You Don't Need to Monetize Everything You're Good At

Max Phillips
Gio Bartlett/Unsplash

What was it the Joker once said?

“If you’re good at something, never do it for free.”

In theory, the better you are at something, the more lucrative and in-demand your services will be. Customers pay for the premium because they’re accessing talent they don’t have.

But with the intoxicating spread of hustle culture, the Joker might be wrong. Just because you’re good at something, that doesn’t necessarily mean you should get paid for it.

Here’s why.

First of All, You’re Not a Charity

Monetizing your talents is like walking on a tightrope. There’s a thin line between success and failure.

Let me explain what I mean.

A little while ago, a fellow writer and I created a Facebook group to help other writers improve their craft. To grow our numbers, we asked the members to send us their drafts every Friday. We would then edit them for free.

In the beginning, I didn’t mind. I like helping other writers, and it makes me a better editor. However, over time, I became aware of how little it benefitted me.

I was editing strangers' work, often with little thanks, for nothing. So I thought to myself — why should I do it for free?

Just because you’re good at something, that doesn’t mean everyone should have instant access to you. You’re not a charity.

So, yes, in a lot of instances, getting paid for your talent is useful. It makes your time valuable.

There are some dangers, however.

The Danger That Comes With Monetization

Writing used to be a thing I loved doing, but it smothered my identity since it became my source of income.

I’ve attached financial progress to every word I write. So, if something doesn’t perform very well, it started to feel worthless. This snowballed into general dissatisfaction with my work and intense procrastination.

In my mind, it wasn’t worth starting because it wouldn’t make enough money.

Your talents should be something you do, not become who you are. You’re a multifaceted person with a life outside of whatever it is you’re good at.

When you monetize every single talent you have, you run the risk of losing that indescribable element that made you enjoy it.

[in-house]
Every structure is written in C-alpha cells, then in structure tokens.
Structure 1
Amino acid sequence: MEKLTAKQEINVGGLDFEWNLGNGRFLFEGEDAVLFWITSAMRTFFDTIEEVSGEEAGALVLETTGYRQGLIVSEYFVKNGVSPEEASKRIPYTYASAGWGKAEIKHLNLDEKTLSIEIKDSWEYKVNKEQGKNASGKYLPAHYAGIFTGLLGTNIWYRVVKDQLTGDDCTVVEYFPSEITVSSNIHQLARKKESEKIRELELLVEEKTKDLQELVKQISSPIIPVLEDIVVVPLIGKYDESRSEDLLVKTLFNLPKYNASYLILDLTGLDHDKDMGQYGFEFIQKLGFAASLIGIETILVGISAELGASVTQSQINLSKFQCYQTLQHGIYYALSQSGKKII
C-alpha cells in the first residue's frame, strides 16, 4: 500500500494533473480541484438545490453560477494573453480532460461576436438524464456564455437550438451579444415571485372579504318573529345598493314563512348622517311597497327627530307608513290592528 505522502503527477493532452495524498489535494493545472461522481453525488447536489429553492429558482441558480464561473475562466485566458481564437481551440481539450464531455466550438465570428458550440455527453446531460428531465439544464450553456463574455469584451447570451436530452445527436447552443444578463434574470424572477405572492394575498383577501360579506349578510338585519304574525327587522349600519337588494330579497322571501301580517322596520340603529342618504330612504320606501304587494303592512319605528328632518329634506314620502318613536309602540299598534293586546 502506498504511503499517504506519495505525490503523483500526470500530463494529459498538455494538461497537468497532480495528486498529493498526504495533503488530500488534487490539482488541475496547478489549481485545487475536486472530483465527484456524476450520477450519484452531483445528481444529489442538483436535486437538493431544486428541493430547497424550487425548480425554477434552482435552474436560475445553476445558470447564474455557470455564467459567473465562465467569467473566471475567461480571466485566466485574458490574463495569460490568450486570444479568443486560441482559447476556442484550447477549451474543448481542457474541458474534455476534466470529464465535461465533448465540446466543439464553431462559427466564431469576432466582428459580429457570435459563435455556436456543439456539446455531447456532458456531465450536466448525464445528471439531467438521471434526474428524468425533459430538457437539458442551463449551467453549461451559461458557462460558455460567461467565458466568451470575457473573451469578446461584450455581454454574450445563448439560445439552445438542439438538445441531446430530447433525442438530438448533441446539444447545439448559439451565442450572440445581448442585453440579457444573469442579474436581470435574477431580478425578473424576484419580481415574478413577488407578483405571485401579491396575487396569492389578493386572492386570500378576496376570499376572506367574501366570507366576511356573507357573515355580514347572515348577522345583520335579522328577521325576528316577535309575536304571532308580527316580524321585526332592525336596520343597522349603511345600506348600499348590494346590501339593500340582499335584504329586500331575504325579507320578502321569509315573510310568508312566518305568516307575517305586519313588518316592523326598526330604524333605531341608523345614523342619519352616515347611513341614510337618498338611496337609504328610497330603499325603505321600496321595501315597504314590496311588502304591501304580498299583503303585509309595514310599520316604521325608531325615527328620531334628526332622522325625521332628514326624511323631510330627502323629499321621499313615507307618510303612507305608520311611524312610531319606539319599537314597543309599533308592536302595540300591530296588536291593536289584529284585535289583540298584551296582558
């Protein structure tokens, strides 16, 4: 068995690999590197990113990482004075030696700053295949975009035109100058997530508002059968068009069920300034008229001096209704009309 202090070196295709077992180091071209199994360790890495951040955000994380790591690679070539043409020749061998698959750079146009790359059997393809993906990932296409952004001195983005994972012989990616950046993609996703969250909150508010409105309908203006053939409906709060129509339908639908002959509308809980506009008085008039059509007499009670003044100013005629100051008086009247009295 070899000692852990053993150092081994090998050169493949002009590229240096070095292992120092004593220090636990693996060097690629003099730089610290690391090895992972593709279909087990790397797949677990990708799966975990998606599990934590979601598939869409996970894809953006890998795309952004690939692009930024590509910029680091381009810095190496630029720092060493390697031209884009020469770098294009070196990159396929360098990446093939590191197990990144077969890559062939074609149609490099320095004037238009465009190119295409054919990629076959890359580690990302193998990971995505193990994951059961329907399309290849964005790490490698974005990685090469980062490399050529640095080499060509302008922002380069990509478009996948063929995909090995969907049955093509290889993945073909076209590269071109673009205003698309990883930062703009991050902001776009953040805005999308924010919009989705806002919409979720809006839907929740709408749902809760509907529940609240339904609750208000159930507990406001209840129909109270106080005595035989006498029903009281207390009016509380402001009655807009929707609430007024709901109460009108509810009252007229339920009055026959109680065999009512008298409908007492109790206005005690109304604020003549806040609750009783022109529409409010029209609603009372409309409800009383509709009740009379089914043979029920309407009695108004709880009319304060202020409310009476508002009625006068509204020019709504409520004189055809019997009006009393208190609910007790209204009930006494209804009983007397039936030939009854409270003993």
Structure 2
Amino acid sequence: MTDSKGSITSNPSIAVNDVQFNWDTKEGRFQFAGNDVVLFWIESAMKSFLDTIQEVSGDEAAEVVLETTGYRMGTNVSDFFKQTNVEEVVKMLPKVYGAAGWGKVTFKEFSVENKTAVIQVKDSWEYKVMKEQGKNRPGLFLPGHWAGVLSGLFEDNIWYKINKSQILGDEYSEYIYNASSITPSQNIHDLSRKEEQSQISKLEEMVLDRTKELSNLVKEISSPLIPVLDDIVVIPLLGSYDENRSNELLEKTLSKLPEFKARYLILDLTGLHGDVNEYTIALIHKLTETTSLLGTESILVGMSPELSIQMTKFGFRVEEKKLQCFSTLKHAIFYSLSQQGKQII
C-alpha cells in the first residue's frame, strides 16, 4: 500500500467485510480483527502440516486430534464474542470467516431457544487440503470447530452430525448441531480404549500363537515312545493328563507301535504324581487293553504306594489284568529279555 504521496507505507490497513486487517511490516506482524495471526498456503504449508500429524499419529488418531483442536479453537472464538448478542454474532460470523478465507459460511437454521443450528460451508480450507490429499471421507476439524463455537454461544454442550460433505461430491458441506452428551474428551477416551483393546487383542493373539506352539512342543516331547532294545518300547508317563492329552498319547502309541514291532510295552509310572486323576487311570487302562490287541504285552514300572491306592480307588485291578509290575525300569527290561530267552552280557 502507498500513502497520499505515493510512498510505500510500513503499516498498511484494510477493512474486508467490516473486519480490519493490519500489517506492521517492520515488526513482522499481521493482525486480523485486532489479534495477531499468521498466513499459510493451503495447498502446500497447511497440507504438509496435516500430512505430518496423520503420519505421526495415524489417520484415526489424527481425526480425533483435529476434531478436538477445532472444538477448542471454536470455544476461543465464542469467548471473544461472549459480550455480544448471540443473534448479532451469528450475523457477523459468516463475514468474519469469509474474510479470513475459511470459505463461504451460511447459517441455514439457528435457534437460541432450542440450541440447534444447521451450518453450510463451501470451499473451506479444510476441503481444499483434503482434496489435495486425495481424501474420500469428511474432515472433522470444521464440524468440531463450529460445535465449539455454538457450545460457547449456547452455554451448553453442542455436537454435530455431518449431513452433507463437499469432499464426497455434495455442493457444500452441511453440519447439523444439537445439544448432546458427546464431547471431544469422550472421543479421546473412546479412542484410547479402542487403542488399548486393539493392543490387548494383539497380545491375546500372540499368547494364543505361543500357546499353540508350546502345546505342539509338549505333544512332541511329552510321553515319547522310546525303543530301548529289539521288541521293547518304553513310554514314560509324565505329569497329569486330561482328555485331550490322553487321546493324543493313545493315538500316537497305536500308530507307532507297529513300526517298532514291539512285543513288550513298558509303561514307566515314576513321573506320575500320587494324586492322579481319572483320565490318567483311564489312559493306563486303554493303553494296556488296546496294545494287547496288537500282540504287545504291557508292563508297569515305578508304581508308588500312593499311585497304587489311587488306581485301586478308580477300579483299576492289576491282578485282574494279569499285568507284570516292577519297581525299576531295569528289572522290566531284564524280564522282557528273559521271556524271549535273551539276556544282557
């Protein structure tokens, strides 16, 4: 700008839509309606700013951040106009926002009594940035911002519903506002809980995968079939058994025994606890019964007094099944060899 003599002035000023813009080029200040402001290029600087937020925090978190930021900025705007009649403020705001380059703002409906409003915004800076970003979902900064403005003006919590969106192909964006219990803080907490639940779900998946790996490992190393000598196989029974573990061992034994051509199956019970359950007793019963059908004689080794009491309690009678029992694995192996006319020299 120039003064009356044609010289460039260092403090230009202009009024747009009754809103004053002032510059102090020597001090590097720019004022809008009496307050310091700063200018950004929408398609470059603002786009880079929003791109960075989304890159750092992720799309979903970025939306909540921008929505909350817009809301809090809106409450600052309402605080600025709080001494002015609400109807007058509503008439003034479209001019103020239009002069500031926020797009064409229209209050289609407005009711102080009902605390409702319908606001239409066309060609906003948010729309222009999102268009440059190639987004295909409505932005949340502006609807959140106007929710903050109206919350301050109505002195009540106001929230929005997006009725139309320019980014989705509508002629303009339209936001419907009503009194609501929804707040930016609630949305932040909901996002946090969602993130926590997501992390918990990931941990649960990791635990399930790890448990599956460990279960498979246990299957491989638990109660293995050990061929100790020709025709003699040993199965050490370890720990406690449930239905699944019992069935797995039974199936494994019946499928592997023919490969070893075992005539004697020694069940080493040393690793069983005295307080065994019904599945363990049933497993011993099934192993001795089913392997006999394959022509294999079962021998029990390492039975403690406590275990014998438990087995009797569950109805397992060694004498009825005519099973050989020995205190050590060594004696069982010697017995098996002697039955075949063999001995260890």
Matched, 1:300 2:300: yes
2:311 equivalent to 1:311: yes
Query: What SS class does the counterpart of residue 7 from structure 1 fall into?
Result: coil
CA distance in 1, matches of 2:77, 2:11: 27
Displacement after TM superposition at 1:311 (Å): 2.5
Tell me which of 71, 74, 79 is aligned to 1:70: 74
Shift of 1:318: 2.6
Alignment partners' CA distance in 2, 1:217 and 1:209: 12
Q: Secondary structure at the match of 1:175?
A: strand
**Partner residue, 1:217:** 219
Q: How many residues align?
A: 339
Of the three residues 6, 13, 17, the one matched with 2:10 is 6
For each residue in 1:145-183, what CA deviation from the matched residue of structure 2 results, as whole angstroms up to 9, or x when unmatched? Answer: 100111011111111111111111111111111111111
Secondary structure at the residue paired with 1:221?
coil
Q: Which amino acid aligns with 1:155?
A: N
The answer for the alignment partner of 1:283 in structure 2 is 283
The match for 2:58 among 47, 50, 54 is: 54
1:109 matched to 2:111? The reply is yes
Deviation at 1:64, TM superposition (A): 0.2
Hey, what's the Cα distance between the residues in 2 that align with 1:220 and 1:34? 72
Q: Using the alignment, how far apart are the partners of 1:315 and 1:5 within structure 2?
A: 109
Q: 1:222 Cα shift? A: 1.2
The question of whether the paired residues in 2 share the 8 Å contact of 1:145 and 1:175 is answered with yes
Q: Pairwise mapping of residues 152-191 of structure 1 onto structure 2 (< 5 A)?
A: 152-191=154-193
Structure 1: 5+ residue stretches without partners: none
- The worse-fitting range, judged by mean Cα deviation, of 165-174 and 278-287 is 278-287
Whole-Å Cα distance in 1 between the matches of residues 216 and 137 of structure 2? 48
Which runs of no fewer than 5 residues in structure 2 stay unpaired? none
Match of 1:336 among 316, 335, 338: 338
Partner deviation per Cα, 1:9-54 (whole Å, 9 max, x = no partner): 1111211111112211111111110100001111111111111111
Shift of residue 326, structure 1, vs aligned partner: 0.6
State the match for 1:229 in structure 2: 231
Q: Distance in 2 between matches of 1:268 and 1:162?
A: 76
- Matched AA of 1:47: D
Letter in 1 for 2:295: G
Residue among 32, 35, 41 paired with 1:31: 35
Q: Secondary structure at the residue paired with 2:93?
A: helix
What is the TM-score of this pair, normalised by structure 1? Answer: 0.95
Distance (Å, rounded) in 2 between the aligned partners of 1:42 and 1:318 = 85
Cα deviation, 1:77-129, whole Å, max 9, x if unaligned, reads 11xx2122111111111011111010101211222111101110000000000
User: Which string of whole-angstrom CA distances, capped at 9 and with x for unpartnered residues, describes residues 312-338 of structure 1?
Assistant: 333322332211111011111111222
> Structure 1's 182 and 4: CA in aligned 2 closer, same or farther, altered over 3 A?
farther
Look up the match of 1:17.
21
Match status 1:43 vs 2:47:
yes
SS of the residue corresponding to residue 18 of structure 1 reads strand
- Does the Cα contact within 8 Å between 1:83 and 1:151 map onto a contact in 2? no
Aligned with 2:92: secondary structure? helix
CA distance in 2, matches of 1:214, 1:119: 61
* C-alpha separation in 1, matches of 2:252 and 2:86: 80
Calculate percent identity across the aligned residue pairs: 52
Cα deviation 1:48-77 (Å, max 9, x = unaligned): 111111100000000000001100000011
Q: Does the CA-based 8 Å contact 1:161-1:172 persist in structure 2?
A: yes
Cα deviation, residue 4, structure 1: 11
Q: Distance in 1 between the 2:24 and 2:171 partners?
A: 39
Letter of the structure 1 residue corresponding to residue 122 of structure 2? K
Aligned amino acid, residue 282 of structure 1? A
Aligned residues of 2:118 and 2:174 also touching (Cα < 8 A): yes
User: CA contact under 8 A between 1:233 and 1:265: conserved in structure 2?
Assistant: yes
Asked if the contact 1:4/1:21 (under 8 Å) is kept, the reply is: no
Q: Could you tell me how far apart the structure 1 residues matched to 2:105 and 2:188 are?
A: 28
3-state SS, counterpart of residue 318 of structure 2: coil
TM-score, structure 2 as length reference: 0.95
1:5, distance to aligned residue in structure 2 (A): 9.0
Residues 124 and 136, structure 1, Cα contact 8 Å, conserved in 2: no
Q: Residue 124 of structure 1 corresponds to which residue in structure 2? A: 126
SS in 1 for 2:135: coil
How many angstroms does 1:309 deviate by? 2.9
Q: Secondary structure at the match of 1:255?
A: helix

Besides, when something is close to your heart, your life experiences will likely mirror your output. So, rough times could lead to insufficient income.

Strike a Healthy Balance to Save Your Identity

For me, this past month has been about reminding my identity. I’ve worked hard at figuring out why I chose to monetize writing in the first place.

To improve my work and thus my income, I need to fall in love with it again.

Sometimes, I wish I never started. It’s like a paradox, though, because if I never started this, I would never have fallen in love with it in the first place.

Remember, your talents are a part of you, but they shouldn’t become you.

Associating everything you’re good at with money can lead to an unhealthy relationship with yourself. A lot of the time, you’re good at things because you love them. However, it won’t be as fun if you fall out of love anymore, and you won’t be as good.

Take Brazil’s relationship with football, for example.

Brazil has won five World Cups. A significant factor is they play it for fun. If you walk down the beaches of Rio or the streets of Brazilia, you’ll see kids playing football with whatever they can find. They want to dazzle their opponents with all manner of skills; a trait Brazilians carry with them to the highest level.

So, if you are going to monetize your talents, find a way to keep it fun. Tap into the joy that comes with doing something you love.

Then it’ll last a lifetime.

Final Thoughts

Working in a job you don’t particularly like but can do well enough is an easy life. That doesn’t mean it’s wrong, not by any stretch. After all, we’re all just trying to get by.

Staking your livelihood on your talents is high risk with huge potential gain.

On the one hand, why wouldn’t you? The chance to get paid for something you’re good at (which probably means you like it because we all love someone to tell us told we’re good at something) sounds too lucrative to pass up. But don’t be fooled.

Our society’s reliance on money can infect your mindset more than you realize. You don’t need financial success to validate your talents.

Sometimes, a talent should be just that.

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